“The purpose of the sanctuary is to provide a home for confiscated, orphaned chimpanzees. It plays a vital role as part of a larger countrywide program in stopping the pet trade and hunting of wild chimps through education and legal enforcement.”
The sanctuary is located in the Western Area Forest Reserve only a few miles from Freetown. They are trying to halt the deforestation of this area, which is good habitat for rare animals, including wild chimpanzees. It also serves as an important catchment area for fresh water for Freetown. Since the sanctuary is so close to the city developers are already starting to build out their direction. Unfortunately I believe this trend was encouraged by the building of the American Embassy in the hills near the reserve. Soon the European Commission will be there as well. And with this comes a lot of residential building.
The sanctuary consists of seven forested enclosures on 30 acres where over 90 chimpanzees are fed and cared for. More than 4km of electric fence protects them. When the chimpanzees first arrive at the sanctuary they are put in quarantine where they are brought back to good health and then socialized to live with a group. When they are ready they are slowly moved to another enclosure where they live with other chimps, always being observed to make sure that they can get along with the others. Most of the chimps in the sanctuary were former pets or were in the process of being sold. This practice is becoming more rare because it is now illegal to keep chimps as pets and this is being enforced more and more fortunately.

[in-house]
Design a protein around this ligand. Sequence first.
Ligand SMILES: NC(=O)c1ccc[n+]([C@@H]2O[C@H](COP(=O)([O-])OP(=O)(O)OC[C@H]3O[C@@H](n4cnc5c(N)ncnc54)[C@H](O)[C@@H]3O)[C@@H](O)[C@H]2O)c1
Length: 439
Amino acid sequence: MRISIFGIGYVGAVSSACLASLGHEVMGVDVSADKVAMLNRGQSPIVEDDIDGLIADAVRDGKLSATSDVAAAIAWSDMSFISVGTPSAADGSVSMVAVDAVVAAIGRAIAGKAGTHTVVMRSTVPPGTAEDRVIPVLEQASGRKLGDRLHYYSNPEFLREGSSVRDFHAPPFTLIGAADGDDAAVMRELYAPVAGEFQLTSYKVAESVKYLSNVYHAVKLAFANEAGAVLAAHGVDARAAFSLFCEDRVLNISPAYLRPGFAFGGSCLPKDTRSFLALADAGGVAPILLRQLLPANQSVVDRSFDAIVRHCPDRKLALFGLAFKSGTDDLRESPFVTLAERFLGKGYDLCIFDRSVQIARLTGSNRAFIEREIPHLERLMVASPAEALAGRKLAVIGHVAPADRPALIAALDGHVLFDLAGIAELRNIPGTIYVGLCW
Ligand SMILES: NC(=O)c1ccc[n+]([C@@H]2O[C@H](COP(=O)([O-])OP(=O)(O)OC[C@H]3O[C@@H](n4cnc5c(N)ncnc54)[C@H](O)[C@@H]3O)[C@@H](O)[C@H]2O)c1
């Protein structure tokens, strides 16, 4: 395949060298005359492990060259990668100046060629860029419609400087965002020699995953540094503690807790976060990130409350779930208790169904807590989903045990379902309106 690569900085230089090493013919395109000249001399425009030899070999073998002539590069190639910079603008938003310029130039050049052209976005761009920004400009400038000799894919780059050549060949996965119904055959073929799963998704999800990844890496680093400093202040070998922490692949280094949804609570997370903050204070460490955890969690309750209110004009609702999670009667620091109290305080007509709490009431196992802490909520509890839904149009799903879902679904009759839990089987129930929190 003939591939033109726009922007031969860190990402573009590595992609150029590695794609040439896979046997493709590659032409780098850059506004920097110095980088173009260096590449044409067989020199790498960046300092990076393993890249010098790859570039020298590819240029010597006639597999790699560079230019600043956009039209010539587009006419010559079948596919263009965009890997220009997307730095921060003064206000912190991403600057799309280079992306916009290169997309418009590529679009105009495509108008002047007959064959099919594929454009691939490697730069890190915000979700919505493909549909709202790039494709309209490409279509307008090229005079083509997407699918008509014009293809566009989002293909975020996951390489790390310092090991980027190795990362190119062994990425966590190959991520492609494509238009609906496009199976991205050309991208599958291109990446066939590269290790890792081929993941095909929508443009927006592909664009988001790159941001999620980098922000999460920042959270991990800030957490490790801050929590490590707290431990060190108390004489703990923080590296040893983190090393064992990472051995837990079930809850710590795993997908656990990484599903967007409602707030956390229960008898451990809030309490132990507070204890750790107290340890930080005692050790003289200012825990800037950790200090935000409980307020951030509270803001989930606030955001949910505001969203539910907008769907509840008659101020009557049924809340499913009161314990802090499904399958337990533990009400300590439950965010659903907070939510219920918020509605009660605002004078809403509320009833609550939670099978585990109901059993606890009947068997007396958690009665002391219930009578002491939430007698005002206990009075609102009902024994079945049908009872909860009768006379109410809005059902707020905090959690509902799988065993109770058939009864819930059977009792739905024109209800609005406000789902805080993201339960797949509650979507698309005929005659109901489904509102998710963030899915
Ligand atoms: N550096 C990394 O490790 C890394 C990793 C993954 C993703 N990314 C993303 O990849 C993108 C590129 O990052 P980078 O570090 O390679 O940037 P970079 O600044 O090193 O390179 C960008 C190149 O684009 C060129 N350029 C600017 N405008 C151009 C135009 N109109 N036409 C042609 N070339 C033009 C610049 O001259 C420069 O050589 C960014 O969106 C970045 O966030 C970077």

From the balcony of the library you can watch one enclosure, nicely designed with trees, ropes, wooden platforms, old tires… all there to give the chimps something to do. This is also the best place for visitors to watch the chimps who like to climb up the trees, swing on the ropes and old tires. They also seem to like to watch the visitors as much as we enjoy watching them though sometimes they will throw stones at them because as one staff member said “they want to show you who is boss.” But it also may have something to do with the fact that even though the rehabilitated chimps have a good life in their enclosures, they know they are not free to move around in the wild.
It is hoped that some day some of them can be returned to the wild but this is a long process, as safe areas need to be identified in the country. At this time a countrywide survey is going on to identify how many chimps are living in the wild and in what areas.